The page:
The Role of Women in Research
Women were in formal work for an average of 35 hours a week, compared to 44 hours for men. In 2008, 65% of women working were doing so full-time, compared to 90% of men. Many schoolteachers were women, so schools closed or nearly so. The walkout disrupted the telephone service, and halted the printing of newspapers, as the typesetters were all women. Daycares were mostly closed, because the daycare workers were women, so men had to take their children to work. Easy-to-cook meals ran out in many stores, as did sweets and items to distract children. The strike continued until midnight, when women returned to work.
The strike was orchestrated to raise awareness of the important contributions of women in Icelandic society, and additionally, it spurred people to action . The women’s absence from the workplace and from the home for the day was a very effective method to bring awareness to all that women did . The following year, a law banning wage discrimination based upon gender was passed . Five years after the strike, Iceland’s first female president, Vigdis Finnbogadottir, was elected; in 1983, the Women’s Alliance, a new political party, won seats in the parliamentary election .
The Daughters of Reykjavik are a feminist rap collective who rap about gender issues. For centuries, this seafaring nation’s women stayed at home as their husbands traversed the oceans.
Then, in 1907, the Icelandic Women’s Rights Association began as the first formal women’s organization to focus on political gender equality and “equal access to education” and the workplace. In 1908, Iceland elected four females to serve on the city council in Reykjavik. As of 2018, 88% of working-age women were employed, 65% of students attending university were female, and 41% of members of parliament were women. find more at https://thegirlcanwrite.net/icelandic-women/ Nevertheless, women still earn about 14% less than men, though these statistics do not take into account the hours worked, over-time, and choices of employment. Iceland has the world’s highest proportion of women in the labour market, significant child care allocations for working women. It has gender neutral parental leave, with a quota for each parent, and a transferable part.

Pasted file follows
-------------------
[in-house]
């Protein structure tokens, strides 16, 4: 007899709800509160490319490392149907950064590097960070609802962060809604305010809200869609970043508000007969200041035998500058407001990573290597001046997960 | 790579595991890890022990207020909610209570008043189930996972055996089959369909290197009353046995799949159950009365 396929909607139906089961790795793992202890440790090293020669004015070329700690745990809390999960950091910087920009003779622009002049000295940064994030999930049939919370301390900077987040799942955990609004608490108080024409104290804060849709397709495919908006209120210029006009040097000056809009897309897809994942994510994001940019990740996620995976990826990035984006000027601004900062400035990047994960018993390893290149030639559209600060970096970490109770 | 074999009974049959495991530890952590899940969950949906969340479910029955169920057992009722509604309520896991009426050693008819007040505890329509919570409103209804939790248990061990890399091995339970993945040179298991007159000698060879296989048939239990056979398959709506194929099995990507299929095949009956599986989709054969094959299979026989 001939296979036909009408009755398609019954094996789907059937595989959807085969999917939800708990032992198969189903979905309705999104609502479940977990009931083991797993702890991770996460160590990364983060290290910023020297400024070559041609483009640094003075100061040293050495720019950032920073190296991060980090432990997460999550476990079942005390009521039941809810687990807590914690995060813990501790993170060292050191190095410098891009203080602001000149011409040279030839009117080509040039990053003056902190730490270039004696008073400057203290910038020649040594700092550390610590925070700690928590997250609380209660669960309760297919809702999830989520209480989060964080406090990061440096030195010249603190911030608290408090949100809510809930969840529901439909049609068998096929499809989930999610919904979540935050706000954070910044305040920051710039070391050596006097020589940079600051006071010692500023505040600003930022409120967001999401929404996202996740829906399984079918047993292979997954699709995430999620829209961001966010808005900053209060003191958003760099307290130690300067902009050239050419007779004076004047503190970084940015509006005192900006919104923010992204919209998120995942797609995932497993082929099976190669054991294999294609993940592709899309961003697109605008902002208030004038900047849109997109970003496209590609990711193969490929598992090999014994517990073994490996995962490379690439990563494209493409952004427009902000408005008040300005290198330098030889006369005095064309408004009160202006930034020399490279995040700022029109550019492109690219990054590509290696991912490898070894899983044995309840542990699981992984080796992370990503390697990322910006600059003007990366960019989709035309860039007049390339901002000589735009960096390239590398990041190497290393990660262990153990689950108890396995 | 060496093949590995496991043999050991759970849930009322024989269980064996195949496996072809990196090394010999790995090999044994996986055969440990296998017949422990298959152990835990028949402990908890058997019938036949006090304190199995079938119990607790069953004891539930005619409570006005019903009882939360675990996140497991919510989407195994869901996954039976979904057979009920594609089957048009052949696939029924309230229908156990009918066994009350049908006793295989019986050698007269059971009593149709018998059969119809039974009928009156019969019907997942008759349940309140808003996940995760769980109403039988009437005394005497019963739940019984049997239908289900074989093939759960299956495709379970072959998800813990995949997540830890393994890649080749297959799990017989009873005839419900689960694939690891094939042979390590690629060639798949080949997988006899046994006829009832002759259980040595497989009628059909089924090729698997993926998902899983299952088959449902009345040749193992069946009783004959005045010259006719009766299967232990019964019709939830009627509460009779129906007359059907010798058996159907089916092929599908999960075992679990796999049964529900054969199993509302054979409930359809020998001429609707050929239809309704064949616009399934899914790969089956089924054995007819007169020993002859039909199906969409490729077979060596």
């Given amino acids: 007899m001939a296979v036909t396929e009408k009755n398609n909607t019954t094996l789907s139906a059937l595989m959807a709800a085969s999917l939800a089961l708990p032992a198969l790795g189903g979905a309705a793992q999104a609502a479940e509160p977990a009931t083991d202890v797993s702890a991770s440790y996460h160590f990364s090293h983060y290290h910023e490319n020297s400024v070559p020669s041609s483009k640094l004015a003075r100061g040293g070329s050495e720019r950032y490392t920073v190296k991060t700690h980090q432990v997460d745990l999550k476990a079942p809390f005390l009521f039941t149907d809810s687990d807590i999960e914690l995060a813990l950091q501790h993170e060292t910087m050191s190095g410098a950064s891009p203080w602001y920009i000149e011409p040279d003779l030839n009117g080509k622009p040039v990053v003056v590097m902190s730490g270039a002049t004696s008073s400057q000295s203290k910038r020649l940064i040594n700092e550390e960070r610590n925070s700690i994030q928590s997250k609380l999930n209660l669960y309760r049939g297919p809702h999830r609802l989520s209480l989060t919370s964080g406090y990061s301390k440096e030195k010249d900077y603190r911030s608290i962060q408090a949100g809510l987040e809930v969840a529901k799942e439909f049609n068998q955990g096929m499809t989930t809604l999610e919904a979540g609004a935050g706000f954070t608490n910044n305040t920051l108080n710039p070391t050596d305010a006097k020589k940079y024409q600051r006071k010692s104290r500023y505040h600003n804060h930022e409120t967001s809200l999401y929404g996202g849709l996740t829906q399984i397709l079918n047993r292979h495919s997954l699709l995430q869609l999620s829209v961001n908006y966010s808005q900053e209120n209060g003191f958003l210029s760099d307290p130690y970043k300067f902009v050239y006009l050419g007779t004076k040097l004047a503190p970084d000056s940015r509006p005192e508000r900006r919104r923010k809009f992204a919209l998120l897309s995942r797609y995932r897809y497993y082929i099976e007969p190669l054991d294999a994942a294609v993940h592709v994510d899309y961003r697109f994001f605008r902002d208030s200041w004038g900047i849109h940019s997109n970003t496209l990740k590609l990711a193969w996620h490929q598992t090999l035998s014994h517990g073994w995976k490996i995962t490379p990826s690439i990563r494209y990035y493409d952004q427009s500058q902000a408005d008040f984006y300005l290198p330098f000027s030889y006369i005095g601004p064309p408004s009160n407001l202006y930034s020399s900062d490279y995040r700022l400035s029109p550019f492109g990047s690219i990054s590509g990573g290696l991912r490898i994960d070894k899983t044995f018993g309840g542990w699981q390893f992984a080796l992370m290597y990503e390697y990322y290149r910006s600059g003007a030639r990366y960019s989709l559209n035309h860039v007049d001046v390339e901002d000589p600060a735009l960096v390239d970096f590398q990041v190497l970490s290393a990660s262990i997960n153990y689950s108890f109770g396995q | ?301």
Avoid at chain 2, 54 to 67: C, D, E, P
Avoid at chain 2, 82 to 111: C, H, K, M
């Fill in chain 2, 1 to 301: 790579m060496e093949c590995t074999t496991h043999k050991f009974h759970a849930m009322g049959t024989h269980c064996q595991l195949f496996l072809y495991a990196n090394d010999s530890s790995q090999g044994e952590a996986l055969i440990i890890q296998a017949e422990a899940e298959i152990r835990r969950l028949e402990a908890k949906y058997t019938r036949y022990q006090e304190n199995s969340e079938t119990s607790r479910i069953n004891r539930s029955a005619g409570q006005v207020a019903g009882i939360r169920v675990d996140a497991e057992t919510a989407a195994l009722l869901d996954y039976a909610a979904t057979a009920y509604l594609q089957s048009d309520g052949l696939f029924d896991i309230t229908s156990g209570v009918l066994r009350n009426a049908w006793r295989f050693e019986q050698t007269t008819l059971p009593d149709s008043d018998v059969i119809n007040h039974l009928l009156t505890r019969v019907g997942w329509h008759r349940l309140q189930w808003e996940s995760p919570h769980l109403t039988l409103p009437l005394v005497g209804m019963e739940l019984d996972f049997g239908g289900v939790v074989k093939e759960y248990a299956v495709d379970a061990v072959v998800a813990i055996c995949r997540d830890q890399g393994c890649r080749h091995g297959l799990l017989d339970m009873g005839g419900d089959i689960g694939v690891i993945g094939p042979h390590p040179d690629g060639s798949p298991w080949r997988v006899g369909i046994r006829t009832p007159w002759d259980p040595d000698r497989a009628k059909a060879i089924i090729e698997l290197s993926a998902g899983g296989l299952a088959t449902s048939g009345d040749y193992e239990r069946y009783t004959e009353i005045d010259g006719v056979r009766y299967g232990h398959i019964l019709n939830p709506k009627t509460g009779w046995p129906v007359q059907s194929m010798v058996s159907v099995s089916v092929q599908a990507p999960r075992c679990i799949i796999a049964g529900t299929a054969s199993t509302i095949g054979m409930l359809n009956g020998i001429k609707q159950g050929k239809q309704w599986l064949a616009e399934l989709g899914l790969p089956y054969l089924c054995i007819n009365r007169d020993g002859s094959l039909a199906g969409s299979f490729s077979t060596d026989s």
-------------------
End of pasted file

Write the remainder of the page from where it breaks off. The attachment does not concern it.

Those women who worked outside of the home in Iceland made less than 60 percent of the wages that men made. Women were also often unable to get jobs because they did most, if not all, of the housework and child rearing. The goal of the strike was to protest the wage discrepancy and unfair employment practices by demonstrating the crucial roles of women in Icelandic society. Of course, this work of refocusing our historical awareness and filling in the archival gaps is not unique to Iceland.
An outpouring of women on to the streets was, by then, a well-trodden form of activism. In 1970, tens of thousands of women had protested on Fifth Avenue in Manhattan. In the UK, that same year, 20,000 women marched in Leeds against discriminatory wages. But what made Iceland’s day of protest on 24 October 1975 so effective was the number of women who participated. Teachers, nurses, office workers, housewives put down tools and didn’t go to work, provide childcare or even cook in their kitchens. Iceland is arguably one of the world’s most gender-equal countries. It is listed as number one in the 2016 best places to work by The Economist’s women index.